This is part of a series that profiles sellers on Pinduoduo’s platform.
Name: Teng Zhiyue, third-year university undergraduate and founder of tea brand “Lian Ning Xiang”
As far as he could remember, Teng Zhiyue grew up surrounded by the aroma of tea. His father owned a large-scale tea factory in Guangxi’s Heng County, known for its jasmine blossoms. His grandfather was a tea farmer.
So it was natural for Teng, then a freshman undergrad, to follow his elders into the centuries-old tea trade. But even with the advantages of his family connections, Teng lost some 300,000 yuan (US$42,000) in a few months in his first venture selling tea on an e-commerce platform.
“For an unknown small fry like me to try to make waves alongside more established players on platforms was harder than ascending heaven,” Teng said, describing his decision to switch platforms and start operating on Pinduoduo. PDD had fewer tea merchants at the time and provided a lot of support to help farmers, he said.
Teng decided to focus on the 40–60 age group after initially targeting younger consumers with little success. He also went after the mid- to high-end market for jasmine tea because he felt that many customers valued the taste and experience. He sold his products at half the price of his competitors, accepting a lower margin in return for higher volume of sales.
To set himself apart from other merchants, Teng started a livestream promoting tea culture. He did something similar with a physical “experience store” at Yiwu, the world’s biggest wholesale market, to advocate a healthy tea drinking lifestyle. Soon, Teng’s team took part in various offline promotional activities, from Valentine’s Day to International Women’s Day, to promote their tea.
Using livestreaming and e-commerce to buy and sell tea is the latest iteration of an age-old trade dating back thousands of years. China is the world’s biggest producer of tea and also its largest exporter, ahead of countries like India, Sri Lanka and Kenya. Domestic consumption accounted for about 73% of the 2.79 million tons of tea produced in China last year, according to the China Tea Marketing Association.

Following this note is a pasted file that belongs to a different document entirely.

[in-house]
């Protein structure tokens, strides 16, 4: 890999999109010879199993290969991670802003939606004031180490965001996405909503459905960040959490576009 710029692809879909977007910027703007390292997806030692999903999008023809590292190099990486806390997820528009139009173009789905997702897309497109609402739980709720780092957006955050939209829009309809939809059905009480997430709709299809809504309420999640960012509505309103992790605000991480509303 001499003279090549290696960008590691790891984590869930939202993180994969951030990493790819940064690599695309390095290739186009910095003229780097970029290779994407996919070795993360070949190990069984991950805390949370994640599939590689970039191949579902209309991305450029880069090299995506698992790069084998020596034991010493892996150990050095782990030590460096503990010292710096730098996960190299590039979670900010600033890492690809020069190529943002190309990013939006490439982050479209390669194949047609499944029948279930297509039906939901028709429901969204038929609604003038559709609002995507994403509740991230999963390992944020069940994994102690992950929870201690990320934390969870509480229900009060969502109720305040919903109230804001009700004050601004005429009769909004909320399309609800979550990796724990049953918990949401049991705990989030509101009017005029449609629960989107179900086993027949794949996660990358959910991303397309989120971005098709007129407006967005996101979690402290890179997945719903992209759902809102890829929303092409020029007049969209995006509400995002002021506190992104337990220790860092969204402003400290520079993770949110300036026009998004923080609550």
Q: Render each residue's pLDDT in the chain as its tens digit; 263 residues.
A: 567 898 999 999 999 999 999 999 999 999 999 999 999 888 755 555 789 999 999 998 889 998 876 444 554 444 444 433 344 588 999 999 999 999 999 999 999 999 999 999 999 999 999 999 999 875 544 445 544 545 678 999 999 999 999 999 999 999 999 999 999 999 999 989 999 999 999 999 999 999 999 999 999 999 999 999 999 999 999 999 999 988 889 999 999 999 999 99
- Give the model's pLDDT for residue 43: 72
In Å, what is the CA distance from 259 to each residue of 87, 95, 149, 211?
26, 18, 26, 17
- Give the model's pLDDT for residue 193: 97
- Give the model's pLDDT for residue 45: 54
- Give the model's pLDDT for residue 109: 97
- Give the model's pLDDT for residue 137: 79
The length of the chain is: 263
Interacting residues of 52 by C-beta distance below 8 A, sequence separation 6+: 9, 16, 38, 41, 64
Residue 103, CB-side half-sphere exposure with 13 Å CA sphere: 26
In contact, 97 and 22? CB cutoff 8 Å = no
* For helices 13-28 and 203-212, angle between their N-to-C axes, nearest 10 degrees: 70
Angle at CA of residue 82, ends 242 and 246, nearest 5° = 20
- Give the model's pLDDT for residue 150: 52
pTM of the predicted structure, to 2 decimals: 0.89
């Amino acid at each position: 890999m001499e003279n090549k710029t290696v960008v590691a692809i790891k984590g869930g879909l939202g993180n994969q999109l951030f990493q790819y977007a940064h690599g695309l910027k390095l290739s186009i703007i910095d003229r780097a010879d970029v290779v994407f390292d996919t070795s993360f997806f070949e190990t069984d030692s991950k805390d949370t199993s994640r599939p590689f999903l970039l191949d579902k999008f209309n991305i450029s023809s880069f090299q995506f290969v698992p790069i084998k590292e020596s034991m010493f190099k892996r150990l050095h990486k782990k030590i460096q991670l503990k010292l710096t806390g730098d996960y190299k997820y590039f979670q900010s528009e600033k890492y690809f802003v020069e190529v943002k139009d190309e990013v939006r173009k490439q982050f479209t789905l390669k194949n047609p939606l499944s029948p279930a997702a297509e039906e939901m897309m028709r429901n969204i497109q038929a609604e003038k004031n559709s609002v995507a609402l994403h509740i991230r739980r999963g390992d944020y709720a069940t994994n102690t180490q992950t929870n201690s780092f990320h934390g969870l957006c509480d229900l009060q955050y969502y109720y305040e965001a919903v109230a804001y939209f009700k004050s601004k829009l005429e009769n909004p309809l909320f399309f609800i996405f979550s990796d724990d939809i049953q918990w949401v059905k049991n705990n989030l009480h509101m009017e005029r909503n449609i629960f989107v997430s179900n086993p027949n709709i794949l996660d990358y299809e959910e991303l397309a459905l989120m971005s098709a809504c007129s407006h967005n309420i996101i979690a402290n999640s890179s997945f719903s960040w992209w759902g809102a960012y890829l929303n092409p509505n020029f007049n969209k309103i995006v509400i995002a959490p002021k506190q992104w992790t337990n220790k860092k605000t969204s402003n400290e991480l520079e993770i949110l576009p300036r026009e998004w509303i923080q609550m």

Teng recalls putting in long hours, monitoring customer queries and packing tea for dispatch late into the night. In the beginning, couriers sometimes refused to come pick up the parcels because the quantity was too small, so Teng and his small team had to make the deliveries on their electric scooters themselves.
Fast-forward to May 2018 and Teng’s fledgling business employed 20 people for operations and sales, more than 100 if one included the growers. Many of the employees were high school students or university undergraduates, and the e-commerce sales have helped lift many local farmers out of poverty, Teng said.
Later that year, with the approach of winter, the company broke 40,000 yuan in daily sales for the first time, a big confidence booster for Teng at the time. The company soon reached 1.2 million yuan in monthly sales as they began to build a reputation for their tea.
But there were also setbacks along the way, like the time when they had to spend an entire day and night to repack a shipment after it was discovered that some employees had packed less than the stipulated weight by mistake. They managed to correct the error and ship out the parcels in time to avoid cancelling the orders.
Looking back, Teng said he always had the confidence the business will take off.
“Even though it wasn’t easy, we felt fulfilled, because we believed that our efforts will pay off,” he said.